By Sister Ellen McClure, OSF
The rich and deep scripture readings that I encounter in Lent have been so moving to me over the years. I was privileged to study scripture years ago with some professors who had been students of the people who prepared the Jerusalem Bible. We all had our Jerusalem Bibles in class and took most of our notes right into the margins and the white spaces on the pages. I still have that Bible and when I use it for prayer, those classes all come alive again.
One means of boosting memories is the songs of the suffering servant in Deutero Isaiah which appear during Lent and Holy Week. They speak of the suffering of Jesus during his own agony. It’s hard to miss the connection between Old and New Testaments in these selections. The word for servant in Hebrew is ebed and the evidence that the Lord Jesus is that servant, chosen by the Father to suffer death for me, is unmistakable as I reflect on the songs.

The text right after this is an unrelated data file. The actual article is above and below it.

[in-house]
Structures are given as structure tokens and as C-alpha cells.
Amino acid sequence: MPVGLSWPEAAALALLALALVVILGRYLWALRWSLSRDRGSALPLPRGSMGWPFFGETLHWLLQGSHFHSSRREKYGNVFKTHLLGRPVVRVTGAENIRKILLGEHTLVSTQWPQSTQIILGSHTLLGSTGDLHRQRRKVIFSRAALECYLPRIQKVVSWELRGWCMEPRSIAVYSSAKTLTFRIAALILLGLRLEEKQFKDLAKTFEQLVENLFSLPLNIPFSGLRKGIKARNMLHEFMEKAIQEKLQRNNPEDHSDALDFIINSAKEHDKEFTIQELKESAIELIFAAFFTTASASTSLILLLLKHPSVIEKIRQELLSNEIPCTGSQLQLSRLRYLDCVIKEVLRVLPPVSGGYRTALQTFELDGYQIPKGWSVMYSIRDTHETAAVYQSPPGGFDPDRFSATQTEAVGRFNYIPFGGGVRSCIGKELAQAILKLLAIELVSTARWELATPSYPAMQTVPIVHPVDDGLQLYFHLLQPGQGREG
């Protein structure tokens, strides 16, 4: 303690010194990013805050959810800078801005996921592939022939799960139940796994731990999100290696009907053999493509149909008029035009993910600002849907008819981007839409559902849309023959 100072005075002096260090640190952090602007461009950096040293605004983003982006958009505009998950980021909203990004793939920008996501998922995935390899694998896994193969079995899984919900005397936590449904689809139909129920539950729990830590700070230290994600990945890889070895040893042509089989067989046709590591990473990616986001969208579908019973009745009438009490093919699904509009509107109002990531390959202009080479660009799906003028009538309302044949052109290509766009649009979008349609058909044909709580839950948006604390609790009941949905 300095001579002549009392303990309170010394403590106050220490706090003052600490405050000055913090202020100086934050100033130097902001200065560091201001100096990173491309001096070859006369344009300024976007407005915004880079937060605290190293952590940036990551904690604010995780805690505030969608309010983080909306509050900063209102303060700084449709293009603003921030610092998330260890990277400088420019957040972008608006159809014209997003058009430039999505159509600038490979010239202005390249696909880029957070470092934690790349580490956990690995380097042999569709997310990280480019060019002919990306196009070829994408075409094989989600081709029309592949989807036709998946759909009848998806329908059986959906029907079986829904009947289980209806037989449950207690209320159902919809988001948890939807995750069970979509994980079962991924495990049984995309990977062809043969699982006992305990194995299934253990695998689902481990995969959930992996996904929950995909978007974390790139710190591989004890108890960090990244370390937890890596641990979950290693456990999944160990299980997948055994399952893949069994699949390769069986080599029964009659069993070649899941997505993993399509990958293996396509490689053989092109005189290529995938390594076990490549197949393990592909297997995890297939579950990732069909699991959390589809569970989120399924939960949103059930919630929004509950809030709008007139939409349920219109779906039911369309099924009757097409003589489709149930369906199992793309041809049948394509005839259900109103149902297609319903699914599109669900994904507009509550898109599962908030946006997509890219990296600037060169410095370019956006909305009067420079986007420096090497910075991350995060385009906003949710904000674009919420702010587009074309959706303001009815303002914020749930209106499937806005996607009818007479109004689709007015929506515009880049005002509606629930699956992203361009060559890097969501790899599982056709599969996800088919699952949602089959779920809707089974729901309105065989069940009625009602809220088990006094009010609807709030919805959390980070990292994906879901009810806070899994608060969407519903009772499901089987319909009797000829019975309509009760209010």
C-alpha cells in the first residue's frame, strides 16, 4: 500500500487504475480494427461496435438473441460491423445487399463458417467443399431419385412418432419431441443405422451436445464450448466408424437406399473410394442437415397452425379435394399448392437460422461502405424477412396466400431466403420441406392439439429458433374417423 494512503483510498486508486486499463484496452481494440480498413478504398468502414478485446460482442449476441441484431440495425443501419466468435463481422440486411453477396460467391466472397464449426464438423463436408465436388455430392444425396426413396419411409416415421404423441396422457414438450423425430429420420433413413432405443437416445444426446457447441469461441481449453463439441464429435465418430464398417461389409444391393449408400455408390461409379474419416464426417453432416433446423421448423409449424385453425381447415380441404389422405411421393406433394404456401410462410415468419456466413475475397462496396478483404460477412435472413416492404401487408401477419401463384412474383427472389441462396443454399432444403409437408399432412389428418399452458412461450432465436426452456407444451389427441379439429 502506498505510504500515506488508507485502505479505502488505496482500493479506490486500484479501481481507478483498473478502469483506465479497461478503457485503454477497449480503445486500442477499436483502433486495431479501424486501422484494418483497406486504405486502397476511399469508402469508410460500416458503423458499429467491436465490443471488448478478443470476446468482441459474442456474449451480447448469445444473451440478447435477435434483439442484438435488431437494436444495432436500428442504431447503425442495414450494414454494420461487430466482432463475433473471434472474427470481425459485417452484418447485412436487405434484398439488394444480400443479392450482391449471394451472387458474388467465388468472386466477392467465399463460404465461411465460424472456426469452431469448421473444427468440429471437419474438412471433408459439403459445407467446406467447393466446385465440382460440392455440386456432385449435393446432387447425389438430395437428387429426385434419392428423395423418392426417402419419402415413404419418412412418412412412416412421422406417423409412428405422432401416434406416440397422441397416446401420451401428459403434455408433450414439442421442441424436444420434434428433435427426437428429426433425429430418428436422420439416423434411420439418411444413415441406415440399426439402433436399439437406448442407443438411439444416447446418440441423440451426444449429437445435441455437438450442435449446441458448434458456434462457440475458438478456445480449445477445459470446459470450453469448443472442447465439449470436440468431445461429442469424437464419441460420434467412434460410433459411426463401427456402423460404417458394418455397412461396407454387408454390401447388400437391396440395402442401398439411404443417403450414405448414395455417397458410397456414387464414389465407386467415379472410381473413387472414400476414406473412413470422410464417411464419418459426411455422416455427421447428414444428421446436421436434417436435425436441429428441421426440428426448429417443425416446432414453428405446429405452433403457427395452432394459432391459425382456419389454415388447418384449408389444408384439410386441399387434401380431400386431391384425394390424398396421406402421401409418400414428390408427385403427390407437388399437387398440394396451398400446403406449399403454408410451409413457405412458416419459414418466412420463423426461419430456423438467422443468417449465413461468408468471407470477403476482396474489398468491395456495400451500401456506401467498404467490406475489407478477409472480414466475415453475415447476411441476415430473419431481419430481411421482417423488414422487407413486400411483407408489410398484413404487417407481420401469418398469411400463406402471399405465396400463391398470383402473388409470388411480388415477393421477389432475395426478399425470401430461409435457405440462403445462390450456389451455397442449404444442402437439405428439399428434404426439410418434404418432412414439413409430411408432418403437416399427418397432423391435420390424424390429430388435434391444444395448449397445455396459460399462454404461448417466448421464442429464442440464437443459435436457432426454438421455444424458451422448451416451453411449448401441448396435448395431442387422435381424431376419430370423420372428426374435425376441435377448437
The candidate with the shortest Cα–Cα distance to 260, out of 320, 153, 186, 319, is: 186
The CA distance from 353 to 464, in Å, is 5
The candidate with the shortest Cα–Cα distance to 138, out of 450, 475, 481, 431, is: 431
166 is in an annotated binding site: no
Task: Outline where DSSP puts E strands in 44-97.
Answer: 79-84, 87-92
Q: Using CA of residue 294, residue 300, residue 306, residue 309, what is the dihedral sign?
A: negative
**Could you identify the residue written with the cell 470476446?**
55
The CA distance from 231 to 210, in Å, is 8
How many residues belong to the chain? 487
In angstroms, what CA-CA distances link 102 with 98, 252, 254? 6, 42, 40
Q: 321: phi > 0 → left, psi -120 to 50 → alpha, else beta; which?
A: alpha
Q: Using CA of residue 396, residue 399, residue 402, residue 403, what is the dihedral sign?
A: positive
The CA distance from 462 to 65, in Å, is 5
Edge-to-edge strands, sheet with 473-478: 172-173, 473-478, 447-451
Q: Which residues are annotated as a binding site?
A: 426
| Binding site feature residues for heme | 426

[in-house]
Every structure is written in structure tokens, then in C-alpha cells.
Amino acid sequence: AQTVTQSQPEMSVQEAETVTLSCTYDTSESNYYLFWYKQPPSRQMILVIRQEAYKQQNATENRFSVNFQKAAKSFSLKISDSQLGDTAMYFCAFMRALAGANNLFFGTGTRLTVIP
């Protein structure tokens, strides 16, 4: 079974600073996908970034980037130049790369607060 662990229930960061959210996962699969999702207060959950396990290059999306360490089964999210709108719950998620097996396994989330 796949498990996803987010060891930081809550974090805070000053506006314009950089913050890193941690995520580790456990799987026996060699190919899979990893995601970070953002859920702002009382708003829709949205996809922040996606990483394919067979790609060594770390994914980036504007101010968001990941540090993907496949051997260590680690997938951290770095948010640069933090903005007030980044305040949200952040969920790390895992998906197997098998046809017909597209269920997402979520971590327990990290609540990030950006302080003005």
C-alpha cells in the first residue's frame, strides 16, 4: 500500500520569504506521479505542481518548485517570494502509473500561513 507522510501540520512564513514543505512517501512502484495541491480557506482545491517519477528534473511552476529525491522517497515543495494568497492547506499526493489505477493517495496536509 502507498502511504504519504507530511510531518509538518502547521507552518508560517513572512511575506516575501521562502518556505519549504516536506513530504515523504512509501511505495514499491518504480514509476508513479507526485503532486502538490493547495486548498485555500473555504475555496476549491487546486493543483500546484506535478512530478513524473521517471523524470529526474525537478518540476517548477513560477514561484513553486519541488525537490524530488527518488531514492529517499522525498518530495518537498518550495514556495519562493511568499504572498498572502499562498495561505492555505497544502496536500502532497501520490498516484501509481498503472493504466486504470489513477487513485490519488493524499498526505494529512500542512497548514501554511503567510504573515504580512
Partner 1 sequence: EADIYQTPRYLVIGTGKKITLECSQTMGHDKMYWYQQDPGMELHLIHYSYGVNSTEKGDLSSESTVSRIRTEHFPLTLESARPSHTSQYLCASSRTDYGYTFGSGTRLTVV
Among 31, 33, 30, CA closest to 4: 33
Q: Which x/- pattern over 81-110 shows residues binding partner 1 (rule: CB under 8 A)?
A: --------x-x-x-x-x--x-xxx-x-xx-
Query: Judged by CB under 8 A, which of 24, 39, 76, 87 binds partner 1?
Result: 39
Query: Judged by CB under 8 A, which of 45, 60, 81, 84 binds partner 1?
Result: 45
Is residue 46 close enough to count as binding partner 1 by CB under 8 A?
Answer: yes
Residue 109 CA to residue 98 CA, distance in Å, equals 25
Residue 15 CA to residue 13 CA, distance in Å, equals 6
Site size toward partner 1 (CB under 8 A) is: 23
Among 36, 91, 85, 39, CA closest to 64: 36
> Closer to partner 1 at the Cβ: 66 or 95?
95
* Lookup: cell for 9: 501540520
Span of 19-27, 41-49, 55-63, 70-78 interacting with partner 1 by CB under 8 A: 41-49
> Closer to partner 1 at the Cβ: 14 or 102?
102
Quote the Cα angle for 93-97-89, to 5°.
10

I look to my life, which includes a move to a new home, meeting other residents and seeing my sisters in a new setting each day; how am I being servant? Is it by listening, a word of cheer, a promise of prayer or in ordering something on-line for one of the sisters that I can now and here be servant? In full-time professional ministry I could see so many opportunities to serve, but I believe they are as present and as important here and today.
Being a servant for me also involves asking for help with the everyday tasks I can’t quite accomplish. I can offer the Father my servant ego! Kindness goes a long way in servanthood. I have no idea of the histories of the non-sister residents here and I may never know them, but I see happy responses to kind words in passing. I am still unpacking things but even more I am beginning to unpack who Jesus is calling me to be in this journey of the heart. I pray I will read the signs and respond as a willing servant.